Serious spontaneous epistaxis and hypertension in hospitalized patients
- 439 Downloads
The aim of the study was to evaluate the role of hypertension in patients hospitalized for serious spontaneous epistaxis. This 6-year retrospective study was based on 219 patients hospitalized in a University Hospital ENT and Head and Neck surgery department for serious spontaneous epistaxis. The following parameters were recorded: length of hospital stay, history of hypertension, blood pressure (BP) recordings (on admission, during hospitalization and on discharge), epistaxis severity criteria, including medical and/or surgical management of epistaxis (blood transfusion depending on blood count, embolization, surgery), medications affecting clotting. Epistaxis was classified into two groups: serious and severe. No significant differences were observed between the two groups in terms of age, sex ratio, history of epistaxis and BP characteristics including history of hypertension, mean BP on admission, mean arterial pressure on discharge and number of patients in whom BP was difficult to control. Patients with more severe epistaxis had a similar exposure to anticoagulant and platelet antiaggregant medications as patients with less severe epistaxis. Overall, on univariate logistic regression analysis, no factors were independently associated with severity of epistaxis. The pathophysiology of serious spontaneous epistaxis remains to be unclear. It concerns elderly patients (>60–70 years old) with a history of hypertension in about 50% of cases. Serious spontaneous epistaxis may also be the presenting sign of underlying true hypertension in about 43% of patients with no history of hypertension. However, hypertension per se does not appear to be a statistically significant causal factor and/or a factor of severity of serious spontaneous epistaxis.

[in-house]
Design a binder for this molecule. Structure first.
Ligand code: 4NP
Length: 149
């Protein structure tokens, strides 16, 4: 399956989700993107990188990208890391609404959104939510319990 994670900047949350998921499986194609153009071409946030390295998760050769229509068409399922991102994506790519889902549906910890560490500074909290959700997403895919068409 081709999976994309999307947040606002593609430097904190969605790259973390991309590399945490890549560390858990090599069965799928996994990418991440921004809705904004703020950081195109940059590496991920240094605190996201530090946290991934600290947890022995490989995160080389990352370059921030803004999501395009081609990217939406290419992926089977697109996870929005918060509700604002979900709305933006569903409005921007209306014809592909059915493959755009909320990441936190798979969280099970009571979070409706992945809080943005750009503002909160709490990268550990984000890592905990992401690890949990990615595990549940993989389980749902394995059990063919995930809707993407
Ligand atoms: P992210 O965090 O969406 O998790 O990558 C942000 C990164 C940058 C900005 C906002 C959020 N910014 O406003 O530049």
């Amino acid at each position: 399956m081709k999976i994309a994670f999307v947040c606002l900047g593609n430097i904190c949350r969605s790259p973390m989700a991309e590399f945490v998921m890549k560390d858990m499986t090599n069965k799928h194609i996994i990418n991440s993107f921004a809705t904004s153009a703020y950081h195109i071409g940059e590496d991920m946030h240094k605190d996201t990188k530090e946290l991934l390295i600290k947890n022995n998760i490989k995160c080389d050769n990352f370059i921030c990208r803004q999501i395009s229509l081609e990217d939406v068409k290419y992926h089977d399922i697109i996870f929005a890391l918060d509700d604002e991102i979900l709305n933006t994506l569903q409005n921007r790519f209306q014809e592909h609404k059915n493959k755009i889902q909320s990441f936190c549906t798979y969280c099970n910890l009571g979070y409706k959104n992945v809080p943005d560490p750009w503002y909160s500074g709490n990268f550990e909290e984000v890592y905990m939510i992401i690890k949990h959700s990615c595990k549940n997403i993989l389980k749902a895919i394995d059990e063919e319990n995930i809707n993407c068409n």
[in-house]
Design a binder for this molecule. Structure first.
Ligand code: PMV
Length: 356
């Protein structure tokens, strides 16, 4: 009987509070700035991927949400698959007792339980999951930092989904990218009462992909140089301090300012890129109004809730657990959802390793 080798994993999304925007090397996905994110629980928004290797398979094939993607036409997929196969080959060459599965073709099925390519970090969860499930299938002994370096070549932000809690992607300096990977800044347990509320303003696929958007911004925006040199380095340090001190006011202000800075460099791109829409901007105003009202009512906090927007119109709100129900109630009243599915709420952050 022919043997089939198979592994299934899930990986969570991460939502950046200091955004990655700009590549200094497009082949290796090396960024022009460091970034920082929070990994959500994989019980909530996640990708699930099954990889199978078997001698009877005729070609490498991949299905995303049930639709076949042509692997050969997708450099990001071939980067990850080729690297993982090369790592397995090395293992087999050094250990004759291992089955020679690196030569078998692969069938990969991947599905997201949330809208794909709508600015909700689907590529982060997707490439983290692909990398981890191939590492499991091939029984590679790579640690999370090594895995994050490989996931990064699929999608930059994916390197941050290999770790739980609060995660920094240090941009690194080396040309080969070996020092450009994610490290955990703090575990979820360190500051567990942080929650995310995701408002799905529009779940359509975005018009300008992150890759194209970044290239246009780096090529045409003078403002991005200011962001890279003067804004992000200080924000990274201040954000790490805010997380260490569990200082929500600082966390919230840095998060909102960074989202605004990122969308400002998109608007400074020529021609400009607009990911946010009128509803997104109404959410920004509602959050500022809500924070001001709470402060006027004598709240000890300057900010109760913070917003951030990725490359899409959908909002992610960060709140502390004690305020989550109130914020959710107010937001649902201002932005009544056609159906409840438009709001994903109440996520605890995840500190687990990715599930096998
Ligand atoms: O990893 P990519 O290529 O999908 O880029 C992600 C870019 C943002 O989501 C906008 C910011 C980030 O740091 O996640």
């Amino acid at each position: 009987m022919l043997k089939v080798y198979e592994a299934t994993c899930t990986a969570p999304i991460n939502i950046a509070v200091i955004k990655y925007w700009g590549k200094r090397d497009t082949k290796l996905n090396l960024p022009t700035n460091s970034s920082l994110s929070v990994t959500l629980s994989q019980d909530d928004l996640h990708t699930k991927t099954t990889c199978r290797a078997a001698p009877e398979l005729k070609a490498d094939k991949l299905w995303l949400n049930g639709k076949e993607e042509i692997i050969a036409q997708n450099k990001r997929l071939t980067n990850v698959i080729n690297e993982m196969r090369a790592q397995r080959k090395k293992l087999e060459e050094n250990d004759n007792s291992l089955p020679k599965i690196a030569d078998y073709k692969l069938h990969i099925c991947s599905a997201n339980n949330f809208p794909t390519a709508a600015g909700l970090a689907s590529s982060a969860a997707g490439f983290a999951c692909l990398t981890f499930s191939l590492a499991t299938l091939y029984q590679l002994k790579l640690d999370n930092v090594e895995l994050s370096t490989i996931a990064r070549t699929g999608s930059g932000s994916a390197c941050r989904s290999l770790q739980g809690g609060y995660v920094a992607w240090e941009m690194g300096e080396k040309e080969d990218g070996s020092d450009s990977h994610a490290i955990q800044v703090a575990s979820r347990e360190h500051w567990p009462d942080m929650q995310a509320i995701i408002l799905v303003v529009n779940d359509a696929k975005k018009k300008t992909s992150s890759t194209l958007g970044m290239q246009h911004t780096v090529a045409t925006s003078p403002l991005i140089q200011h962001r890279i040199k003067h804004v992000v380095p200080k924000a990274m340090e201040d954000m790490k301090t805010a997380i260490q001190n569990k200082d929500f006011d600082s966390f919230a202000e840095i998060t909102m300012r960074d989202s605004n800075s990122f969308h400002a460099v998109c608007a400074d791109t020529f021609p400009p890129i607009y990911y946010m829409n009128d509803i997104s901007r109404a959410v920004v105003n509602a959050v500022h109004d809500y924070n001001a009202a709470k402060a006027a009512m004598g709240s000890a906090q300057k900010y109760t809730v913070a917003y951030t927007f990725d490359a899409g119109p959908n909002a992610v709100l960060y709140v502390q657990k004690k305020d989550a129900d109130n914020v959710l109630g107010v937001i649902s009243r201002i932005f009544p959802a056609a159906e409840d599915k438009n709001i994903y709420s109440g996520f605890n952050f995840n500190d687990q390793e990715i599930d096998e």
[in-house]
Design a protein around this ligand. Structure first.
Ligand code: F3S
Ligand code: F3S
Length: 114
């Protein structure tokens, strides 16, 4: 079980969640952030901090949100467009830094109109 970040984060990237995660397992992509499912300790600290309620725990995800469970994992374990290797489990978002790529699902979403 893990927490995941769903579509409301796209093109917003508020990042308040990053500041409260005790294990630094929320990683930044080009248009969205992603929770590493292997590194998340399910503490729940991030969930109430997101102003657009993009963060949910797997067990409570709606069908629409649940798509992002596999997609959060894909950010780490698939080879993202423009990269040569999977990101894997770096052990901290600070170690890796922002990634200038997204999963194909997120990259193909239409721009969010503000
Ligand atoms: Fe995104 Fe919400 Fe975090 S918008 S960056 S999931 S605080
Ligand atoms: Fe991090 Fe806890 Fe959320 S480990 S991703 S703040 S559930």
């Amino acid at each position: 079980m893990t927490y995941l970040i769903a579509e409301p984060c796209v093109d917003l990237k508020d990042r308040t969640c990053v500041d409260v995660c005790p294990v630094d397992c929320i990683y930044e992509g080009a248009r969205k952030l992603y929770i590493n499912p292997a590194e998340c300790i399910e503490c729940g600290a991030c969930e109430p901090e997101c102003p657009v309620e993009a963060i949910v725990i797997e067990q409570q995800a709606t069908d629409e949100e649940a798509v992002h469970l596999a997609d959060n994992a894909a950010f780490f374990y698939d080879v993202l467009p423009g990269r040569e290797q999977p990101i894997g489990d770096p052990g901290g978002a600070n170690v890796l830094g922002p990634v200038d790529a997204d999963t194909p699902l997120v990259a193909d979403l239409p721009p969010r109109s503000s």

- 1.Timsit CA, Bouchène K, Olfatpour B, Tsigaridis P, Herman P, Tran Ba Huy P (2001) Etude épidémiologique et clinique portant sur 20 563 patients accueillis à la grande garde d’urgence ORL adulte de Paris Ile de France (Epidemiology and clinical findings in 20, 563 patients attending the Lariboisière Hospital ENT Adult Emergency Clinic, French). Ann Otolaryngol Chir Cervicofac 118:215–224PubMedGoogle Scholar
- 16.Celik T, Iyisoy A, Yuksel UC, Karahatay S, Tan Y, Isik E. A new evidence of end-organ damage in the patients with arterial hypertension: epistaxis? Int J Cardiol 2009; doi:10.1016/j.ijcard.2008.11.090